11. @Oldnat,

    But as you so often point out, the Tories, Labour and LDs are all basically the same party, so we don’t really have a knife edge of mutually-exclusive views at all.

    Even in the USA the Republicans and Democrats aren’t really “mutually exclusive”. They’re just very antagonistic.

    It’s not like the Republicans want a confederation with Canada and the Democrats want to unite with Mexico.

  12. @Neil A

    “it might be better for international stability to chop the country up and end this 50/50 knife-edge of mutually exclusive views that seems to bedevil Ukraine.”

    Not sure this worked too well in Ireland, or India/Pakistan.
    According to Wiki, 58% of Crimeans are Russians.

  13. Neil A – I doubt any sanctions against prominent Russians would cost thousands of jobs. It would lower London’s housing bubbles and its ripple affects. But that would mean sending out a message to those with dodgy money the world over that investing in London may have repercussions, and we can’t have that!

    London has a reputation as a pretty lax and lawless place in many countries around the world now when it comes to finance, regulation and taxes. The top brass seem keen to cultivate it. They certainly do little to prevent it. Happily it may co-align with Germany’s desire not to play hardball as they are so reliant on Russian energy.

  14. Neil A

    But, while these parties in England seem almost identical to me, they clearly don’t to many on here, where people envisage wholly different futures based on who controls your NHS etc.

    Now that UKIP have major party status in England, one of your major parties (and much of another one) want no truck with the rest of Europe, while one of the others (and much of the 4th) seems keen on some kind of confederation with the EU.

    The major difference is that the EU wouldn’t invade Kent if there’s a vote to leave the EU.

    However, it’s easy to suggest that another country should be partitioned by a bigger neighbour – ask the Irish.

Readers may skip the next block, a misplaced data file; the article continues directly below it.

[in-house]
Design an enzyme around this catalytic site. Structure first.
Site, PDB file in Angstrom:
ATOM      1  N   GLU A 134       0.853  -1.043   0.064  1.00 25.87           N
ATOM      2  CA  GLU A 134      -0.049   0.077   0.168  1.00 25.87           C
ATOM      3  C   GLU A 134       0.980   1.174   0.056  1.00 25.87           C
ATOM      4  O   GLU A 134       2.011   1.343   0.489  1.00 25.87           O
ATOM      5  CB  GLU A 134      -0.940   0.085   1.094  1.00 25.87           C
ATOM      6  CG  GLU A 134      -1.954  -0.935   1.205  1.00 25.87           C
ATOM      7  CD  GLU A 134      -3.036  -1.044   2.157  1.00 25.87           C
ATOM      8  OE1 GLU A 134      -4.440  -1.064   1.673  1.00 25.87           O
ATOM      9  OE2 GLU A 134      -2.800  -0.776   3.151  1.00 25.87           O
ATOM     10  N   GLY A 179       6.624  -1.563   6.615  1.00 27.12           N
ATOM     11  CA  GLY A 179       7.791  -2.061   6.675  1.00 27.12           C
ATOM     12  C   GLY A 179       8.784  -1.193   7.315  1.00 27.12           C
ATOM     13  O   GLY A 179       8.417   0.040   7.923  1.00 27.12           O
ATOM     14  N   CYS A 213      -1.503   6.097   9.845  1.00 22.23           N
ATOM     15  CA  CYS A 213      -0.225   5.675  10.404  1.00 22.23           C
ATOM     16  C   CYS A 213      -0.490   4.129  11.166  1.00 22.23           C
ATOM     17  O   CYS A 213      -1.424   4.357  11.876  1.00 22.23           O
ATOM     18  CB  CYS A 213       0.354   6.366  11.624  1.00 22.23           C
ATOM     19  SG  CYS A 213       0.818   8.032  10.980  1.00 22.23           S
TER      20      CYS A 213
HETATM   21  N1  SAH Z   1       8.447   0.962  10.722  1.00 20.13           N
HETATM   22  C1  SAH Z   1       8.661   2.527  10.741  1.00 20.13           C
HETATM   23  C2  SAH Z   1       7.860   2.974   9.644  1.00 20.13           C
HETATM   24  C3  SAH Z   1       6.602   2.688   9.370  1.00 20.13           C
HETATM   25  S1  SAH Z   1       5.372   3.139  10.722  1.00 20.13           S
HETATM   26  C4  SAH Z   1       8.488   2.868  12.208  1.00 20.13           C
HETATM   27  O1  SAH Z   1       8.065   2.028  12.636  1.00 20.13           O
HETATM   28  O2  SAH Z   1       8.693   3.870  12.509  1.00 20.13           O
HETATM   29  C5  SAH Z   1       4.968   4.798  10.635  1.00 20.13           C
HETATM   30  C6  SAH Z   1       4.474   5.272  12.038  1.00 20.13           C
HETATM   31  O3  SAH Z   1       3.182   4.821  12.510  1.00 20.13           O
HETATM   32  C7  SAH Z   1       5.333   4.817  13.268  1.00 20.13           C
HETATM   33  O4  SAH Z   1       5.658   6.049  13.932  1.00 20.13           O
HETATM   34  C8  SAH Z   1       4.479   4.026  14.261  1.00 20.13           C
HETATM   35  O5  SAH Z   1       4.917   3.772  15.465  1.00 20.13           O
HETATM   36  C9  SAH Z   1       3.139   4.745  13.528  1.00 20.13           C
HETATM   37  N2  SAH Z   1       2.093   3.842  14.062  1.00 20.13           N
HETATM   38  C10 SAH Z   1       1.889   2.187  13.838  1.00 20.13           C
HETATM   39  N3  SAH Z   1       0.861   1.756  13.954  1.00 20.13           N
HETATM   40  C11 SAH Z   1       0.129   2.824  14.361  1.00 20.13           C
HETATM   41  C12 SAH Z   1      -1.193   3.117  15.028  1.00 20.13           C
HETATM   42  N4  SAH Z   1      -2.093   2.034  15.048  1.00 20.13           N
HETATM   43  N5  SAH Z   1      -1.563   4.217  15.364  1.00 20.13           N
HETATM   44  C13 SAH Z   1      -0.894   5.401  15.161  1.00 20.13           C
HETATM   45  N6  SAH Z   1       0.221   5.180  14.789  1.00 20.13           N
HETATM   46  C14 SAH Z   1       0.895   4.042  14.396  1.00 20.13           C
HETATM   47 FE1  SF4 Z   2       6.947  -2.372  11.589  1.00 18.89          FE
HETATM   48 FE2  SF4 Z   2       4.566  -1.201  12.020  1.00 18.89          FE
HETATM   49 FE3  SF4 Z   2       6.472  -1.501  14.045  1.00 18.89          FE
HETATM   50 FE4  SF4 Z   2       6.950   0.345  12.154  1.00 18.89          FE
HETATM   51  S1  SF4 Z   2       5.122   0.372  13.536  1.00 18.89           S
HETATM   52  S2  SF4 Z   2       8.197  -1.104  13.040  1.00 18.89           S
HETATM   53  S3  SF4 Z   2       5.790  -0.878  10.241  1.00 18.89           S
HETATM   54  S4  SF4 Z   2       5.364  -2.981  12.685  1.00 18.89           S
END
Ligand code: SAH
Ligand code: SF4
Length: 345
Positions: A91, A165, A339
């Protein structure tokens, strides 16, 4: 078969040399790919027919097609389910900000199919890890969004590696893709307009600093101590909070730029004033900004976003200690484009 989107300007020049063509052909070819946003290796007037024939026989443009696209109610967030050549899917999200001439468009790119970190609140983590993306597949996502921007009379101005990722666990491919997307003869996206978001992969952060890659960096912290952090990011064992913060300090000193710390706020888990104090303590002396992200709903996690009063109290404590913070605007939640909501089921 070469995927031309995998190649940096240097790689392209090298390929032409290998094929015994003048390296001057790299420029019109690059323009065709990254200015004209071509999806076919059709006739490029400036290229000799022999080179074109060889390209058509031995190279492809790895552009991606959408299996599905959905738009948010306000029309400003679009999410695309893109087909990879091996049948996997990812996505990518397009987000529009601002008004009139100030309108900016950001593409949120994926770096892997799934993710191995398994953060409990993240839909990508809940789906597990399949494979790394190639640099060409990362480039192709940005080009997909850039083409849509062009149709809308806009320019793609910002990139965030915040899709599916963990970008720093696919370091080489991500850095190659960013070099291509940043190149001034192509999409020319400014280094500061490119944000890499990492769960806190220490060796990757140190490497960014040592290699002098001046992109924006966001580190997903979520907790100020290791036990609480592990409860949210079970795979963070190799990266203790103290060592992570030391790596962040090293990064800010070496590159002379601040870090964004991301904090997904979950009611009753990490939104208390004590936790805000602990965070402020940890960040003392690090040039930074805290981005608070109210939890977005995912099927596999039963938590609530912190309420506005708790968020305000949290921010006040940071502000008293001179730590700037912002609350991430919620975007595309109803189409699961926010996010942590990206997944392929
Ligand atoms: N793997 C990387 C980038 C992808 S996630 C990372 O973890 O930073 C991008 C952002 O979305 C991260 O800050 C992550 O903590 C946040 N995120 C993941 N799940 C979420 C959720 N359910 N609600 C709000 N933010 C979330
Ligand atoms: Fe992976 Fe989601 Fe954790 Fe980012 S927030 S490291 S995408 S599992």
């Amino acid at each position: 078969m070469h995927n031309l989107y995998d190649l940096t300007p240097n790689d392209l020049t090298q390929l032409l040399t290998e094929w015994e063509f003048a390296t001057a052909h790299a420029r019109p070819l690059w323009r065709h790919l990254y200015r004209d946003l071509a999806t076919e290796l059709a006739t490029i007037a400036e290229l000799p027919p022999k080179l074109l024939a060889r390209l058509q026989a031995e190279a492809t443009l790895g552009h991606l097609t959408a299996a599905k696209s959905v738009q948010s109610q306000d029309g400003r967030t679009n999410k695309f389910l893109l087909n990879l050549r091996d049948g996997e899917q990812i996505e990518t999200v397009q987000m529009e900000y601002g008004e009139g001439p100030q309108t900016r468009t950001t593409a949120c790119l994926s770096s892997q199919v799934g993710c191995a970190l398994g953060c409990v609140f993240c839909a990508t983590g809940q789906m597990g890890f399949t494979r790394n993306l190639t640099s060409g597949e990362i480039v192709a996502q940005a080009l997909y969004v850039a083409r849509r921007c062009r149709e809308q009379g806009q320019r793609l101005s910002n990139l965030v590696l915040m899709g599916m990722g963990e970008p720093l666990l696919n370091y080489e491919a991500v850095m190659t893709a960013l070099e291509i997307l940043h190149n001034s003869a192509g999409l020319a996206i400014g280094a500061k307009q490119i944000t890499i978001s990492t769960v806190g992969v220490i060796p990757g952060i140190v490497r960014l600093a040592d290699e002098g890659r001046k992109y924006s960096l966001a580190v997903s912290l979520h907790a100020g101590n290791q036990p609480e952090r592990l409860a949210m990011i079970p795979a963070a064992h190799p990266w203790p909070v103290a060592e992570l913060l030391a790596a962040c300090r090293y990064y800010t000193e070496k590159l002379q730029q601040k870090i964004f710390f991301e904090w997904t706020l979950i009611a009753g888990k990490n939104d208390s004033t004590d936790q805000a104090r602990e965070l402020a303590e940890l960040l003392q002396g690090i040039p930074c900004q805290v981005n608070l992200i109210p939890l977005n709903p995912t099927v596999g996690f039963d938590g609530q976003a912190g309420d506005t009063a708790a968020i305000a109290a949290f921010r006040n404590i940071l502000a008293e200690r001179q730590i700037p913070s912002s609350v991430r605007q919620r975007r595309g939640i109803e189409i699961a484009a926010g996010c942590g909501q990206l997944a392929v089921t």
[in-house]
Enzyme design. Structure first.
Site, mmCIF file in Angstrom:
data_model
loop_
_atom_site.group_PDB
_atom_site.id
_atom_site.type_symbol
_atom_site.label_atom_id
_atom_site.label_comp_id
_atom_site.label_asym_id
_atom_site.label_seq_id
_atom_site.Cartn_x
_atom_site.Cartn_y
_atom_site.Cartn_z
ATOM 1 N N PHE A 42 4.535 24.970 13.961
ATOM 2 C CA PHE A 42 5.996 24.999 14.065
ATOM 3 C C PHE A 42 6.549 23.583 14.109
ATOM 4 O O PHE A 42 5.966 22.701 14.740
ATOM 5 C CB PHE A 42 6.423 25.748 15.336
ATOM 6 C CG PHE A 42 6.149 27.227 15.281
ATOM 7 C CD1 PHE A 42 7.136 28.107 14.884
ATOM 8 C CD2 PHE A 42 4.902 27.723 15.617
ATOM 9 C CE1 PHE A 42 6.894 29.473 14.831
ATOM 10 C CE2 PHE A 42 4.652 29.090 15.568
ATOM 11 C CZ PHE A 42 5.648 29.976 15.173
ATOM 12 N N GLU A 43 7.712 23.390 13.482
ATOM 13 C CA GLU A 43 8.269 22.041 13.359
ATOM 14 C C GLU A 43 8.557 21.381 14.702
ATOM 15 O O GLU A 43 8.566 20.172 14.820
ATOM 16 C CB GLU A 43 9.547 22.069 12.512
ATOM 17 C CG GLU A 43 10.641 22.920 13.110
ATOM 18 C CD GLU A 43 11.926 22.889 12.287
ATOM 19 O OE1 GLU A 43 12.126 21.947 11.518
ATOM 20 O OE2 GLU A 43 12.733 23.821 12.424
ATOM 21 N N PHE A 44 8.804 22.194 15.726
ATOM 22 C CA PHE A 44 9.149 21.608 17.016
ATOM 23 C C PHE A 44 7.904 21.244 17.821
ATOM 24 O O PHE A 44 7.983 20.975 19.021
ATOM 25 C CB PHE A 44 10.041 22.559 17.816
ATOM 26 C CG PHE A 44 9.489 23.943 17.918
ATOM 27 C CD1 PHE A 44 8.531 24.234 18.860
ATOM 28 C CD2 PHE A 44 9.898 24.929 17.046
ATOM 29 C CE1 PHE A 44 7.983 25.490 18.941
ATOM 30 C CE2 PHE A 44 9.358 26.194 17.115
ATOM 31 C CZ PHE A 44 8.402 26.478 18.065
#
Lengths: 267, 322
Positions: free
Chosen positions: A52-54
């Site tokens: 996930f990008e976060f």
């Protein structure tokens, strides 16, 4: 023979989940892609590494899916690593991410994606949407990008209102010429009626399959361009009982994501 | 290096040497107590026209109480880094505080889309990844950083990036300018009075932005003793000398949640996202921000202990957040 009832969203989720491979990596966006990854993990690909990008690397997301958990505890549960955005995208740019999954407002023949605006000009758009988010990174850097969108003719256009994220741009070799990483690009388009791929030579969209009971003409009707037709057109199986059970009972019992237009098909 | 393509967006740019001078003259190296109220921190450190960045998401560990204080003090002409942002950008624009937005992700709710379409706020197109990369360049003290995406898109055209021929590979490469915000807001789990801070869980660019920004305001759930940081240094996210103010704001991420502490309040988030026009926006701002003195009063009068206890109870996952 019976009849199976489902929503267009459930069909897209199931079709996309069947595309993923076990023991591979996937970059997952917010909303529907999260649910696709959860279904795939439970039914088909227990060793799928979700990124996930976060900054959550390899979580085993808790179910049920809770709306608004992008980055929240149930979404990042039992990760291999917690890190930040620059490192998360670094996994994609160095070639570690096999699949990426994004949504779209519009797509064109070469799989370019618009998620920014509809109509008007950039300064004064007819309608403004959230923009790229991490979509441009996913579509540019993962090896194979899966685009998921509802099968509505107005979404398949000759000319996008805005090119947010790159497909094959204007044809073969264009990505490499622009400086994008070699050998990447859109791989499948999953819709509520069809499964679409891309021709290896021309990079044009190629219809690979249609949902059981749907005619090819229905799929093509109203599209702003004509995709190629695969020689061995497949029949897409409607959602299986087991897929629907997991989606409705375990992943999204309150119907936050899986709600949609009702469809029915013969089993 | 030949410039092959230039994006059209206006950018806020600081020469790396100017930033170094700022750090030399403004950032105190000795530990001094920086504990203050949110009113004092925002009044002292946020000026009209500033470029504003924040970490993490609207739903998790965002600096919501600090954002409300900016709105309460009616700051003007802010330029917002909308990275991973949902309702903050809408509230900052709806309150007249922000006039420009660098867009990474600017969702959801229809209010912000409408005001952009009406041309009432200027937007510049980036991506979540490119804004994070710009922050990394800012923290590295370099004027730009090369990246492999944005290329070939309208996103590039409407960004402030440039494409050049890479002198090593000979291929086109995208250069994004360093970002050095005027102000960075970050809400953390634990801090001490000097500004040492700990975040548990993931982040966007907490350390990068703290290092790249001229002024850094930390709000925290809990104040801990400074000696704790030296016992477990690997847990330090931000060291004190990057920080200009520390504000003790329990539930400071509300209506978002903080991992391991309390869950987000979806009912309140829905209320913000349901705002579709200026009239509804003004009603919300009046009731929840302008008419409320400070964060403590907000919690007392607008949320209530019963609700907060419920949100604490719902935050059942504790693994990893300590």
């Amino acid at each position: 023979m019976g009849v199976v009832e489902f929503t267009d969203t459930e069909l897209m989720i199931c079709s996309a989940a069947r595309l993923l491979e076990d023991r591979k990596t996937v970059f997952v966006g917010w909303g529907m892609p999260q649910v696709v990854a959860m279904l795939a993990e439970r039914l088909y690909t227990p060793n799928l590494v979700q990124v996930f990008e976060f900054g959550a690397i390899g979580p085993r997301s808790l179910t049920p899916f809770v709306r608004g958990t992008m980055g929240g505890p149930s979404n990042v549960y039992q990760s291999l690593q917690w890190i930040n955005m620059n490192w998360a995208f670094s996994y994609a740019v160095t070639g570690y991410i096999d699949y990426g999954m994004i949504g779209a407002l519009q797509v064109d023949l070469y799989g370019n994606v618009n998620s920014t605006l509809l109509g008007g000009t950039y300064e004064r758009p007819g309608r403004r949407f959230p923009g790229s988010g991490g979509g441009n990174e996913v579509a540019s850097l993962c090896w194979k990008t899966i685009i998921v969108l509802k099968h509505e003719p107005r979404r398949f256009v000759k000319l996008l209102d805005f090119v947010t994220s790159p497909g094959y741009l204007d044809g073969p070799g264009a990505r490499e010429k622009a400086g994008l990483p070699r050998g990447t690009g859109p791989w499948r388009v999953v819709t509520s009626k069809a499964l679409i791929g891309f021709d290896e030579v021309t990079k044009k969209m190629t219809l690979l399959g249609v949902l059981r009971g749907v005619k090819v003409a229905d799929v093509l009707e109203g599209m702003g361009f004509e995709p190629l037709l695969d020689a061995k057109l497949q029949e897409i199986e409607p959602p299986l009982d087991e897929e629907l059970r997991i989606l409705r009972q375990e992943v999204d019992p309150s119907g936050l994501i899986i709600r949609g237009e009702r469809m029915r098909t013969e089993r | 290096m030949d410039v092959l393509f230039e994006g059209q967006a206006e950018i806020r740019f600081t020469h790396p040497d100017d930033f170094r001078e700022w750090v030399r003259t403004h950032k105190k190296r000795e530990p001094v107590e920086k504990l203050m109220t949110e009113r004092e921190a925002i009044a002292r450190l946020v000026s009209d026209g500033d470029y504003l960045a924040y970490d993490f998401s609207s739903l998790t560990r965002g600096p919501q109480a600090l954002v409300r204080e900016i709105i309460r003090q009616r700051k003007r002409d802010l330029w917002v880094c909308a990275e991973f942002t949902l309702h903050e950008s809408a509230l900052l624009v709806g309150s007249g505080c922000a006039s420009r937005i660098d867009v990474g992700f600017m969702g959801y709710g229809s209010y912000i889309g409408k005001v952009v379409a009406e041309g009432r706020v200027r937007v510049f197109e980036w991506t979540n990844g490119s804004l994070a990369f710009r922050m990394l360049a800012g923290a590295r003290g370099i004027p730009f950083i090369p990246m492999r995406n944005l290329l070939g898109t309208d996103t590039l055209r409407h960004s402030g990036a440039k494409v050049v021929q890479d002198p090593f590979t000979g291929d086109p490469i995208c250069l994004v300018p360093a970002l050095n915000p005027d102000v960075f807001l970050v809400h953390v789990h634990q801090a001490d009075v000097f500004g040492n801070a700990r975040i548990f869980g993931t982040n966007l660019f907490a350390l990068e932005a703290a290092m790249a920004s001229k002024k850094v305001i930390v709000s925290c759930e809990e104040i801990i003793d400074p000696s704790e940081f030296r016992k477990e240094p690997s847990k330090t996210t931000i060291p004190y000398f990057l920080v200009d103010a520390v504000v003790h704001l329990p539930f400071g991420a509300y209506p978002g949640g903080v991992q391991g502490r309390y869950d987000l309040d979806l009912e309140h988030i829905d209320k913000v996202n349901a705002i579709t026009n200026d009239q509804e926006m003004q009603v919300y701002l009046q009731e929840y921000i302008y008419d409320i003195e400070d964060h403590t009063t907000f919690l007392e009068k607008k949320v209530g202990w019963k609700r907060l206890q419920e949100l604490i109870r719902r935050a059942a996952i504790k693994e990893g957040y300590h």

15. @ Ewen,

    To be fair, I doubt they would have employed him if they’d known this was going to happen. (And of course we don’t know if he’s even going to be charged with anything yet.)

    It’s all guilt-by-association rubbish- but rather awkward for politicians who were so eager for Harriet Harman to apologise for her own associations last week.

  16. Neil A

    From your description of the Rock affair, it actually looks a positive for No 10 that they not only discovered the alleged offences, but then passed that onto the police.

    “It does conjure up a bizarre image of a political advisor on a laptop at Number Ten, googling internet filters in one window whilst simultaneously surfing indecent photographs in another.”

    Haven’t you come across exactly that kind of activity in lots of other offices?

  17. @Neil A

    I’ve agreed with most of what you have said on the issue.

    However, i dont think Russia wants to occupy Crimea permanently. The one thing they absolutely do not want is a Ukraine in the EU, or worse NATO. Let’s not forget what triggered current events. Yanukoviych doing an energy deal with Russia and rejecting moves to sign an EU Association Agreement, triggering mass protests in Western Ukraine leading to his ouster. There were plenty of other factors of course but that was the most important one.

    So Russia will do what it needs to do to prevent Ukraine joining the EU or NATO. If it still believes that this can be done by getting enough Ukrainians to back its man in the upcoming General Elections, then it might not go any further.

  18. @GuyMonde

    Most Pakistanis still consider the partition of India to have been necessary to protect the Muslims of India from discrimination. But that was a very different scenario to Ukraine.

    Of course I do not know the exact position of ethnic Russians in Ukraine, but from what I have seen and read they does not appear to be a significant risk of discrimination against them – even if Ukraine joined the EU.

  19. Spear
    Apparently he was turned down repeatedly by Conservative Associations when attempting to become an MP, my God, just imagine the hoo- hah if he had been Labour or LD !